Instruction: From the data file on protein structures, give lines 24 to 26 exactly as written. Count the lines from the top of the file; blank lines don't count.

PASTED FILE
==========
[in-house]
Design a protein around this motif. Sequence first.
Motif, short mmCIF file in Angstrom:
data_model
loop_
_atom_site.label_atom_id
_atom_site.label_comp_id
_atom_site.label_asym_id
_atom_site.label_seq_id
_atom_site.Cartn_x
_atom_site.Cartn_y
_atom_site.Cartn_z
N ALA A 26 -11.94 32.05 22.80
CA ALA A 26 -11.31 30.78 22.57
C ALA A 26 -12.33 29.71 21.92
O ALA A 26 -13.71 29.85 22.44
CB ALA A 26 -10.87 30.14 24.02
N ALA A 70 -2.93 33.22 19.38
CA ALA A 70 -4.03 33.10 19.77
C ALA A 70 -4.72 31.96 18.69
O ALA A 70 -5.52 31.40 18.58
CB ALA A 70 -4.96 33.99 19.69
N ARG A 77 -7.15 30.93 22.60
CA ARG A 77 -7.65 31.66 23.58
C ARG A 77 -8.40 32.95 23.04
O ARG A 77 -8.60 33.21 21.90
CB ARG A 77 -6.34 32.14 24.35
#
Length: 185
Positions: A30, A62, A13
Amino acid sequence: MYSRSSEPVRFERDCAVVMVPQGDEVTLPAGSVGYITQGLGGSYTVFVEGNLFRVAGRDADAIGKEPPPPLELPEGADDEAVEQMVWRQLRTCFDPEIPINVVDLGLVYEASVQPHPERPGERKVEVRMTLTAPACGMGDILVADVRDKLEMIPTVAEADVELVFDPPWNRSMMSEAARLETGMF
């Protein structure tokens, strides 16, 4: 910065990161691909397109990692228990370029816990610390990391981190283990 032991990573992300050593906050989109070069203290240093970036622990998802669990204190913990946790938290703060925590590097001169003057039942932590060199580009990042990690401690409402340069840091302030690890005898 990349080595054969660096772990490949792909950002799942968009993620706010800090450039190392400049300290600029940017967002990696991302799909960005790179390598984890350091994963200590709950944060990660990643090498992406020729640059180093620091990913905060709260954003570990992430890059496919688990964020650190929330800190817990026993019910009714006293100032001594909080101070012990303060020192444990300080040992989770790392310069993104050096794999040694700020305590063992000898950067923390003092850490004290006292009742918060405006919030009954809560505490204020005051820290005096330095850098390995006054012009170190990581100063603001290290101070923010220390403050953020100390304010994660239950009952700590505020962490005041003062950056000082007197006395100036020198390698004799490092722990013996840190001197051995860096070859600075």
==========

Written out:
CA ARG A 77 -7.65 31.66 23.58
C ARG A 77 -8.40 32.95 23.04
O ARG A 77 -8.60 33.21 21.90